“Boy,” Malone said. “Are you ever naïve! You think he’s just going to let us all go?”
“That’s what he said,” Angelica answered.
“Well, we’ll see if he’s a ‘man’ of his word,” Rollings stated. “In the meantime, we all better get some sleep.”
“Ms. Avery,” Cely said. “May I ask you a question?”
“Sure, Cely.”
“What do you hope to gain by this alliance with this creature?”
“Why would you ask that when you already know the answer? Survival, of course. Besides, you’re the one who told me to negotiate.”
“I just wanted to make sure you weren’t doing it to save these beings,” Cely said. “They really don’t seem to be very appreciative of your efforts.”
“Don’t you ever shut up?” Malone said to him. “Doesn’t he have a shut off button?”
“Cely,” Angelica said. “I don’t expect you to understand, but although I think these beings are some of the most selfish and arrogant I ever met, I still would rather not see them die.” Garlona and Varloo looked at each other as they felt insulted.
“Nor would I,” Cely answered. “My prime directive has always been preservation of progressive life. It’s just that they don’t seem very progressive to me.”
“Cely, keep watch, and try to lock your sensors into their data bank if you can break through the interference,” Angelica said. “If they do anything out of the ordinary, let me know.”
“Yes, Ms. Avery.”

While the others slept, Cely tried to use his sensors to determine what power source ran the ship, but had no success. The energy surge from the force field interfered with them, and the computers within the ship were inaccessible at the moment. He knew his defense system, which before was inoperable, now had repaired itself to full power, and his speech system also self constructed itself. Other than his arm, he was almost back to himself again.

By morning, they entered Republic territory, and were just about twenty five million miles within its borders. Balta released them from the brig, and brought them to the front of the ship. When they were brought in, Balta’s guards were also all in the bridge area as well.
“Gentlemen,” he said. “And Lady. I have arranged this little demonstration because I wanted you all to know the power behind my race. We were once a powerful empire, as we will be again.”
“And you will fall again, Balta,” Rollings interrupted. He walked over and grabbed the blonde-haired man by the throat with his right hand.
“If you interrupt me again,” He sneered. “I’ll forget Ms. Avery’s agreement and kill you with my bare hands.”
“I told you we couldn’t trust him!” Rollings gasped.
Balta let go of him, and continued, turning his back to him. “As I was saying, we were a powerful empire that will live again. And this is why. Galtron, where is that small Republic scout fleet?”
“Two hundred and twenty two thousand miles from us, Sir,” Galtron stated.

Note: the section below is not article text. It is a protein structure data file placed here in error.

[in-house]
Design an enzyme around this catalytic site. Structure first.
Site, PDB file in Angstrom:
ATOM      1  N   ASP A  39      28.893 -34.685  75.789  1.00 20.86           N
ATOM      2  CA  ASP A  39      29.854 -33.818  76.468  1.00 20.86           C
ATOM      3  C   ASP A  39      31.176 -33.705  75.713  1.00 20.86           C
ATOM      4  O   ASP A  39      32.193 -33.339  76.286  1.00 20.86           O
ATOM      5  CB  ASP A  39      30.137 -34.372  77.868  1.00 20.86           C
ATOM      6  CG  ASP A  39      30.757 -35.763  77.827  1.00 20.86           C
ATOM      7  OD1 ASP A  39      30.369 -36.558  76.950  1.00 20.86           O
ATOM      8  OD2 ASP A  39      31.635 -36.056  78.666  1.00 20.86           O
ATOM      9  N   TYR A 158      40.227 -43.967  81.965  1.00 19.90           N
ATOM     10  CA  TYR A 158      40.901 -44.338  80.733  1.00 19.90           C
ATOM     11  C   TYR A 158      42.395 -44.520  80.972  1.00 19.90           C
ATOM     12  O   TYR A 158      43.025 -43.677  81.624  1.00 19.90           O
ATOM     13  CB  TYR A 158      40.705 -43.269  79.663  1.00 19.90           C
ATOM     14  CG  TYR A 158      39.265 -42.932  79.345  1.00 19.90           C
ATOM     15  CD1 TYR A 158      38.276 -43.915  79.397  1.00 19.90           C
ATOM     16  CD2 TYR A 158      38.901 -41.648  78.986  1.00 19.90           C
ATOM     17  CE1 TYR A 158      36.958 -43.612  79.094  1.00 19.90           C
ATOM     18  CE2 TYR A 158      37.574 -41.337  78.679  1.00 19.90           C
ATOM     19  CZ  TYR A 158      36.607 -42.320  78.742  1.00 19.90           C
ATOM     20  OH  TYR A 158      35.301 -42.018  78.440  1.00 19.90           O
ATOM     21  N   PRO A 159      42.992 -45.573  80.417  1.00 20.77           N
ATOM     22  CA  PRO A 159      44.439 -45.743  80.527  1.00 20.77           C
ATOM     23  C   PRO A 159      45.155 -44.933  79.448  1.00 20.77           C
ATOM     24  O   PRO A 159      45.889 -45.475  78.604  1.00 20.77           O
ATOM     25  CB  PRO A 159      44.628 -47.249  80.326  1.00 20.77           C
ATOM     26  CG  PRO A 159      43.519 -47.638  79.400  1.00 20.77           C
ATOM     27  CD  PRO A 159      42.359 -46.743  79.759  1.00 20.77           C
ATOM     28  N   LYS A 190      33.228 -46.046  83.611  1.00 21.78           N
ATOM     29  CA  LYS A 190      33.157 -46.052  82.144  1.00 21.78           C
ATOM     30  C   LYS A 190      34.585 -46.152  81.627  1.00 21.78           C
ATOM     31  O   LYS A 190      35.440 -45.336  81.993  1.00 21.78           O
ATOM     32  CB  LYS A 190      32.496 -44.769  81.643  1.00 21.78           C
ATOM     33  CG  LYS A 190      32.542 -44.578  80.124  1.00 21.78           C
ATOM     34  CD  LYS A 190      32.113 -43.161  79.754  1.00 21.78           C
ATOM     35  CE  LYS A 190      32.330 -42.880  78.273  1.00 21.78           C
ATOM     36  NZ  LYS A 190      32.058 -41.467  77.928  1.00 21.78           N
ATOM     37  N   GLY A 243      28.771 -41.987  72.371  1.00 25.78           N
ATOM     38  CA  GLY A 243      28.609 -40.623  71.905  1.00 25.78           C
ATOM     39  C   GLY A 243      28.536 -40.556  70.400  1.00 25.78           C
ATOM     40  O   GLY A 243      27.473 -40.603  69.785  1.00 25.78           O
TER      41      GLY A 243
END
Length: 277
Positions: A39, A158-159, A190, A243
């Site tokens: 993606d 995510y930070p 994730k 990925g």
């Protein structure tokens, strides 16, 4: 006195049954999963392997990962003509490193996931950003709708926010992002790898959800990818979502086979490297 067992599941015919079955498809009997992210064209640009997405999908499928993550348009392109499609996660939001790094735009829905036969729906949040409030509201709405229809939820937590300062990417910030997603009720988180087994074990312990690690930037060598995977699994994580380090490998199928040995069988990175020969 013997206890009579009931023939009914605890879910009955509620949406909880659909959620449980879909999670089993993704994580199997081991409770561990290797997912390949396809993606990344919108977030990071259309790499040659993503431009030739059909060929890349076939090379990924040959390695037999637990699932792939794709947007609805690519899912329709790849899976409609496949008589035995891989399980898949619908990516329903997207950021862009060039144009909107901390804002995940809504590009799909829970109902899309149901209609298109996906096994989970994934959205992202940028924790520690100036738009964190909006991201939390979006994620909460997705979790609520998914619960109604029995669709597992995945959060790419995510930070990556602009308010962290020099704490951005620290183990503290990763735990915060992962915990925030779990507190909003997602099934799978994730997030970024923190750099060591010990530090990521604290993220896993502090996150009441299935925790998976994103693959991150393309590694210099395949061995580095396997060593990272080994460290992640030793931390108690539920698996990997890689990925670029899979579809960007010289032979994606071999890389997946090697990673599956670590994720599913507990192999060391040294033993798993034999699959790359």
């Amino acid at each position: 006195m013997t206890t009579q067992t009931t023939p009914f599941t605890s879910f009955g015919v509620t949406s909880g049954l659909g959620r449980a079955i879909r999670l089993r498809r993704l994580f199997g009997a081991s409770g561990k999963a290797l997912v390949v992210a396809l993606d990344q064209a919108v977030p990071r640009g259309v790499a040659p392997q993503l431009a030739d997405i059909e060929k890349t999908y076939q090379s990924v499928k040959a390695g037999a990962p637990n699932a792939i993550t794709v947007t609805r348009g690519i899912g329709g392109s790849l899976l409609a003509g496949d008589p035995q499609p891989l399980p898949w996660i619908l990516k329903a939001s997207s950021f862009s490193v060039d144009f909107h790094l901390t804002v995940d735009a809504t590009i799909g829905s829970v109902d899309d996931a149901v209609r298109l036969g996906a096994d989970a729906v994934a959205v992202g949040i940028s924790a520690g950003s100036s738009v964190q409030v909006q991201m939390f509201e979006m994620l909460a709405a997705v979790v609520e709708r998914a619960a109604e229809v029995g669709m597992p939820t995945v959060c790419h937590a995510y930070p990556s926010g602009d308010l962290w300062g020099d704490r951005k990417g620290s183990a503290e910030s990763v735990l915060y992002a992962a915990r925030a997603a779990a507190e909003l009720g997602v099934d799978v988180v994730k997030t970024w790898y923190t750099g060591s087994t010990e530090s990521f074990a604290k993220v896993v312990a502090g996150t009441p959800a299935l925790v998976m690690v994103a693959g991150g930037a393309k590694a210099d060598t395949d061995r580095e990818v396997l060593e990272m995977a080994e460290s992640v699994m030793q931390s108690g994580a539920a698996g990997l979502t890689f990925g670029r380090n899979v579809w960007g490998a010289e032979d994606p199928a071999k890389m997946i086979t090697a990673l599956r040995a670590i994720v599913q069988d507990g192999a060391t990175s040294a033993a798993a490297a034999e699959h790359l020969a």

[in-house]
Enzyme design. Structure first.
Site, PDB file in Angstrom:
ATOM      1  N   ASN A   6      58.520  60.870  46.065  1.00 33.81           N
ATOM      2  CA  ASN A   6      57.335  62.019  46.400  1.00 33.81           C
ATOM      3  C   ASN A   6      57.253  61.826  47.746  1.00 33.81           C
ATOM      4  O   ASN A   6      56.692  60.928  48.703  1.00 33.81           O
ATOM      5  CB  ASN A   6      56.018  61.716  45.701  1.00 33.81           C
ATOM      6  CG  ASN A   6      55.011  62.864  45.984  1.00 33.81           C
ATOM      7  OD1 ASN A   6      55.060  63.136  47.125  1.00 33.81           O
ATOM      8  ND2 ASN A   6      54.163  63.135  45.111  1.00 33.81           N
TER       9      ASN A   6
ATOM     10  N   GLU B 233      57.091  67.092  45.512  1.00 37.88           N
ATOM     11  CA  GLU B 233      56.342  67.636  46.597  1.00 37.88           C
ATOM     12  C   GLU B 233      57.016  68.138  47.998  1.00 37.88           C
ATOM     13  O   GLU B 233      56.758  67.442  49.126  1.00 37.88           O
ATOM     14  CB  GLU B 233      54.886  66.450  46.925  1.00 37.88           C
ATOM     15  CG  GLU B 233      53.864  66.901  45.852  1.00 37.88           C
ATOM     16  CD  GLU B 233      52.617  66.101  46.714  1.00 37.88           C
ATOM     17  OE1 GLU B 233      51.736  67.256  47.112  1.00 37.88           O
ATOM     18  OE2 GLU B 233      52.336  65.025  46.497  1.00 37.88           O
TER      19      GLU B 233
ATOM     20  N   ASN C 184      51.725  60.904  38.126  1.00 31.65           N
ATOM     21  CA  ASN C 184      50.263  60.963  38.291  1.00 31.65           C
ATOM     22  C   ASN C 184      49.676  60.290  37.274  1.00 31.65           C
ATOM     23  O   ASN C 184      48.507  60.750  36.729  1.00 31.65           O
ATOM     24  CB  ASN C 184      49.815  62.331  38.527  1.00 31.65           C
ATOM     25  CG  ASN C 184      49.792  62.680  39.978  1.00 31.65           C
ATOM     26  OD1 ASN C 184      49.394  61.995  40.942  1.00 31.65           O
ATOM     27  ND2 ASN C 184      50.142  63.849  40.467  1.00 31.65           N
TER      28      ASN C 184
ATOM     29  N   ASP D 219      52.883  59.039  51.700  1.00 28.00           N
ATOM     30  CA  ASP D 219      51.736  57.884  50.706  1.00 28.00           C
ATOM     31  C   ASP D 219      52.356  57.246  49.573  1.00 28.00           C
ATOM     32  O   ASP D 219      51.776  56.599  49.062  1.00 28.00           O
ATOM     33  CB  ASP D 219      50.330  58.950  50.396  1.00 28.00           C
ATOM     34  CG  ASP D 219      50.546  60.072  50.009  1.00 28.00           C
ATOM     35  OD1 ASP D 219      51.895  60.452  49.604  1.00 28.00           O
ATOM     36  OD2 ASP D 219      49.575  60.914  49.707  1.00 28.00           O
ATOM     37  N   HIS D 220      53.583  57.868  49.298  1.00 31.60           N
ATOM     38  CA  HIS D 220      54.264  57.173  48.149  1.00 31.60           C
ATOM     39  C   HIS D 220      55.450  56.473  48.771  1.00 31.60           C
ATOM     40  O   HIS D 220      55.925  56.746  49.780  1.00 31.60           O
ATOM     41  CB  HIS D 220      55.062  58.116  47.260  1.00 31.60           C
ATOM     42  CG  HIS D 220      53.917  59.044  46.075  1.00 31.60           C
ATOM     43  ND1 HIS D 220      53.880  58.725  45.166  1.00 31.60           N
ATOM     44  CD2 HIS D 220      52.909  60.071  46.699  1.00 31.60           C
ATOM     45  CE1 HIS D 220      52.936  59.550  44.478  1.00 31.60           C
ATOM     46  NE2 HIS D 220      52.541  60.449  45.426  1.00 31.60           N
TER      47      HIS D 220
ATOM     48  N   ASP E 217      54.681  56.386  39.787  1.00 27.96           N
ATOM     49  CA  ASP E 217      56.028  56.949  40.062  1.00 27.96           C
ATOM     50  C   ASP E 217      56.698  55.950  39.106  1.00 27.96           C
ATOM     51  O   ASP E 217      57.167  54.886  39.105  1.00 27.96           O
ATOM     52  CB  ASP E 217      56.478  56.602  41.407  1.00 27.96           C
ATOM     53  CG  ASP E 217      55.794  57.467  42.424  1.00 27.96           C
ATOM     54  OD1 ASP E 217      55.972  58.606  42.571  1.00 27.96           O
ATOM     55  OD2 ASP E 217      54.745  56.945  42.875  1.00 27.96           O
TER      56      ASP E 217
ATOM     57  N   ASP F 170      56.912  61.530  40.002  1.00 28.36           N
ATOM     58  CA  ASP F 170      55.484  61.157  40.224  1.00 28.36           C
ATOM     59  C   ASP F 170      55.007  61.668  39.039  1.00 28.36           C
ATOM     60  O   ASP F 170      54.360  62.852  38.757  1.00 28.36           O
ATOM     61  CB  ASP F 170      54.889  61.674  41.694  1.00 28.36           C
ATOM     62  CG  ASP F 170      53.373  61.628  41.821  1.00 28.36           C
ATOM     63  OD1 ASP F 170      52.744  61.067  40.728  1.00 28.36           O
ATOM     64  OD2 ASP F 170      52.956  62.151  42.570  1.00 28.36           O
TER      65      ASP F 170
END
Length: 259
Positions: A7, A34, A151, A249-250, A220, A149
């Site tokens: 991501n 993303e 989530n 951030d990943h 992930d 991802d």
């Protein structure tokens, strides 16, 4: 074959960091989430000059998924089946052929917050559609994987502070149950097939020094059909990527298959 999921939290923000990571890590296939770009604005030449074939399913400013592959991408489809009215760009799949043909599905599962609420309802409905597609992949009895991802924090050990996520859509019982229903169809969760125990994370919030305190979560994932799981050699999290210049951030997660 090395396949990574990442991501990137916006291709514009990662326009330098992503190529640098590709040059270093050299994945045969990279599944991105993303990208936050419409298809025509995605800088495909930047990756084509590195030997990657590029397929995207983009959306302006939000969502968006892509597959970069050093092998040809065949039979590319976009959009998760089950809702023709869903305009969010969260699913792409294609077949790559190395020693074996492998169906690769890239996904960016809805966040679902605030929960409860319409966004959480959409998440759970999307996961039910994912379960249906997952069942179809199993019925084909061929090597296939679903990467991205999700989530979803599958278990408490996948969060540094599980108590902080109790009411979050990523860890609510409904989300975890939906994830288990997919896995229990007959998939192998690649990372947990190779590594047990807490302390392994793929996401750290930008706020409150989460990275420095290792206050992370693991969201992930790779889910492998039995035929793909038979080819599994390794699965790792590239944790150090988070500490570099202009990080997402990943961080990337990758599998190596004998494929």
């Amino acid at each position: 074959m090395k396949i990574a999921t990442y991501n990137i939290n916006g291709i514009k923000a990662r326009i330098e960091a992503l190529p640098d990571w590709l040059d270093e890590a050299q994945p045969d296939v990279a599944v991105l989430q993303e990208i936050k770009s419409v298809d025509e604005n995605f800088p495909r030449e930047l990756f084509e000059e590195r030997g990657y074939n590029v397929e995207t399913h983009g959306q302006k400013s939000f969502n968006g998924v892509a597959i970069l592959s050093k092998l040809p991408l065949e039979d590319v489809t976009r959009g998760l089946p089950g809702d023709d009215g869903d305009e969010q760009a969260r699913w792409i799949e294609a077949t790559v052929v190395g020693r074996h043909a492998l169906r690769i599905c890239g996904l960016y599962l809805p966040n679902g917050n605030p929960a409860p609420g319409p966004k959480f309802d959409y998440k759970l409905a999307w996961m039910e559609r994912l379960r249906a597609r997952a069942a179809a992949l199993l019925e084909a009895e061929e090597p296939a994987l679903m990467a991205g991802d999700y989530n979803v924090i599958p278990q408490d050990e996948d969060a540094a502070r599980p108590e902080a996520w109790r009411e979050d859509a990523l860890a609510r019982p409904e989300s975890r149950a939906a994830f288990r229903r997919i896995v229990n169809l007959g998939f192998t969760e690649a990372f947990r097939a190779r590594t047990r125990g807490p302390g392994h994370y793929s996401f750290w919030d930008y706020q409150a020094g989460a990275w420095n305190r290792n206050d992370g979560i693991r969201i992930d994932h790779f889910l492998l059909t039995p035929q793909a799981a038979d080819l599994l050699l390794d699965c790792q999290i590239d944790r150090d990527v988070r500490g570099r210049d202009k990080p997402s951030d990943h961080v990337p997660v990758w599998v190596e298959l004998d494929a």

“Have they detected us yet?”
“No, Sir.”
“Lock in on their coordinates.” The subordinate responded, and pressed a couple of buttons on the helm.
“Balta,” Angelica interrupted. “Please don’t do this. If you have any shred of humanity inside you, you wouldn’t.”
“I don’t have any shred,” he answered. “I am and shall never be human. So I don’t care about humans. Please don’t interrupt me again, Ms. Avery, or we’ll end it here, I’ll kill your friends, and you will work for me whether you like it or not!”

She backed away from him, part terrified of his monstrous appearance, and the other part of his murderous intentions, but she knew she had to stop this somehow. Before she could react, Balta gave the order. “Fire main fusion lasers!” he yelled.

Galtron pressed the button, and a massive beam of light projected into the cosmos. All they saw was a distant glow, as the fleet slowly disappeared into disintegration. The group remained silent for a few seconds in shock, looked at the empty viewing screen, and then at each other.

“Now, Ms. Avery,” the vicious terrorist said. “You have two choices. You may continue to defy me, and your friends will die, or I will spare all of your lives, and you help me complete my task.”
“I already agreed to help you,” she said. “This demonstration was unnecessary!”
“It was necessary to prove that I’m not to be trifled with. You’re trying my patience, Ms. Avery. You will do as I ask. You will see. We have methods of making humans do what we want them to do, and not all of them are pleasant. Tentron, take them back to the brig until we reach Garlicia.”
“Yes, Sir,” he answered, and pointed his laser at Rollings to move.

Angelica was curious to see how well this Balta and her father were connected, and as long as she was his prisoner, she figured she might as well take advantage of the situation. Maybe later, once they landed, she could figure out a way to escape. As long as they traveled in space it was going to be risky to take over the ship, and she wasn’t familiar with workings of the propulsion system even if she did. She thought it would be difficult to get this ragged group of leftovers to work together, but somehow she had to. One thing she knew for sure was this man named Jeff Walker was the key to finding out the real truth about happened to her father.

Advertisements

SCIENCE FICTION AND SCIENCE REALITY

%d bloggers like this: